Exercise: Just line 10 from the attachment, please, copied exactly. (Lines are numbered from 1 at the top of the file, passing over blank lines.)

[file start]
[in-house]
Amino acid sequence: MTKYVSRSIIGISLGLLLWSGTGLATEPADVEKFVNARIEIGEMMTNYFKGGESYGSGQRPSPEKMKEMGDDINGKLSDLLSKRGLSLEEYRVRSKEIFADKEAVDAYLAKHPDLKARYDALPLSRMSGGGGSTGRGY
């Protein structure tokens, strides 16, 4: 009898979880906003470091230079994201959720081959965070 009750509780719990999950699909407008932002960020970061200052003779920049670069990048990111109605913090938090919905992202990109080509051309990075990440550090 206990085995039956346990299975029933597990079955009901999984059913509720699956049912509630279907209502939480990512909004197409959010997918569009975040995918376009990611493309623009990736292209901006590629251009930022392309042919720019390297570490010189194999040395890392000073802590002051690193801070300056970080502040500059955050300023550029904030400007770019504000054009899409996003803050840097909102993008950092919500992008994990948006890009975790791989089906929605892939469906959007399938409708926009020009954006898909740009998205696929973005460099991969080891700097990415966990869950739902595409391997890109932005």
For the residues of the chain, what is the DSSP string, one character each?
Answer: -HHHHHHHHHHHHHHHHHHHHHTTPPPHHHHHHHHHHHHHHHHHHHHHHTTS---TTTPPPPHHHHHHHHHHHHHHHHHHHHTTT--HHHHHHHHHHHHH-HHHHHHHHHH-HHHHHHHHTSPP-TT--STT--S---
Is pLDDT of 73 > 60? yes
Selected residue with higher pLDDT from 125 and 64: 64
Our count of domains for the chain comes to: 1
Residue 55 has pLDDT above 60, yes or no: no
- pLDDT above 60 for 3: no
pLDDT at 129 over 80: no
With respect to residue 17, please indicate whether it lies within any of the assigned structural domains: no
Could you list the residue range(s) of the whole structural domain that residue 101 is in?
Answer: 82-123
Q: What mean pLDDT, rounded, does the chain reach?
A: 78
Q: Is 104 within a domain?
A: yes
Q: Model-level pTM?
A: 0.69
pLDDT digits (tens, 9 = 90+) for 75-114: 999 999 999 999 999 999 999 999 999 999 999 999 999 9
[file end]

- pLDDT above 60 for 3: no